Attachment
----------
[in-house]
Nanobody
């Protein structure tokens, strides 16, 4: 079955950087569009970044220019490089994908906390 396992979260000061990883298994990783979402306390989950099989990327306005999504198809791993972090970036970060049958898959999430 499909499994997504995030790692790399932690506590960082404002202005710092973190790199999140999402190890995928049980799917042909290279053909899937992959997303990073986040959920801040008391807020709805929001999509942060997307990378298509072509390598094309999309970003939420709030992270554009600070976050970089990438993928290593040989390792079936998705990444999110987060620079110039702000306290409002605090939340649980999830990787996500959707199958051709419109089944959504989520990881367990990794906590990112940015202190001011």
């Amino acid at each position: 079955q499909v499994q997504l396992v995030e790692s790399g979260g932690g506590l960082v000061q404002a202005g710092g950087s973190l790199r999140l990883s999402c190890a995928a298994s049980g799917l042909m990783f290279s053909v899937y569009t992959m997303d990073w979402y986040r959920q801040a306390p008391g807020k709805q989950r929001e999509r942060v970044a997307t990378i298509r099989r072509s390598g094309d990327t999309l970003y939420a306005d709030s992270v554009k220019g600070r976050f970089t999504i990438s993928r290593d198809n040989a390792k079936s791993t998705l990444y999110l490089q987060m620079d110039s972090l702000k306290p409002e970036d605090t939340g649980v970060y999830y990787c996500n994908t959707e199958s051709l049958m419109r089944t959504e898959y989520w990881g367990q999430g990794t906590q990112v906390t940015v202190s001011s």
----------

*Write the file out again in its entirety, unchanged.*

[in-house]
Nanobody
């Protein structure tokens, strides 16, 4: 079955950087569009970044220019490089994908906390 396992979260000061990883298994990783979402306390989950099989990327306005999504198809791993972090970036970060049958898959999430 499909499994997504995030790692790399932690506590960082404002202005710092973190790199999140999402190890995928049980799917042909290279053909899937992959997303990073986040959920801040008391807020709805929001999509942060997307990378298509072509390598094309999309970003939420709030992270554009600070976050970089990438993928290593040989390792079936998705990444999110987060620079110039702000306290409002605090939340649980999830990787996500959707199958051709419109089944959504989520990881367990990794906590990112940015202190001011």
């Amino acid at each position: 079955q499909v499994q997504l396992v995030e790692s790399g979260g932690g506590l960082v000061q404002a202005g710092g950087s973190l790199r999140l990883s999402c190890a995928a298994s049980g799917l042909m990783f290279s053909v899937y569009t992959m997303d990073w979402y986040r959920q801040a306390p008391g807020k709805q989950r929001e999509r942060v970044a997307t990378i298509r099989r072509s390598g094309d990327t999309l970003y939420a306005d709030s992270v554009k220019g600070r976050f970089t999504i990438s993928r290593d198809n040989a390792k079936s791993t998705l990444y999110l490089q987060m620079d110039s972090l702000k306290p409002e970036d605090t939340g649980v970060y999830y990787c996500n994908t959707e199958s051709l049958m419109r089944t959504e898959y989520w990881g367990q999430g990794t906590q990112v906390t940015v202190s001011s």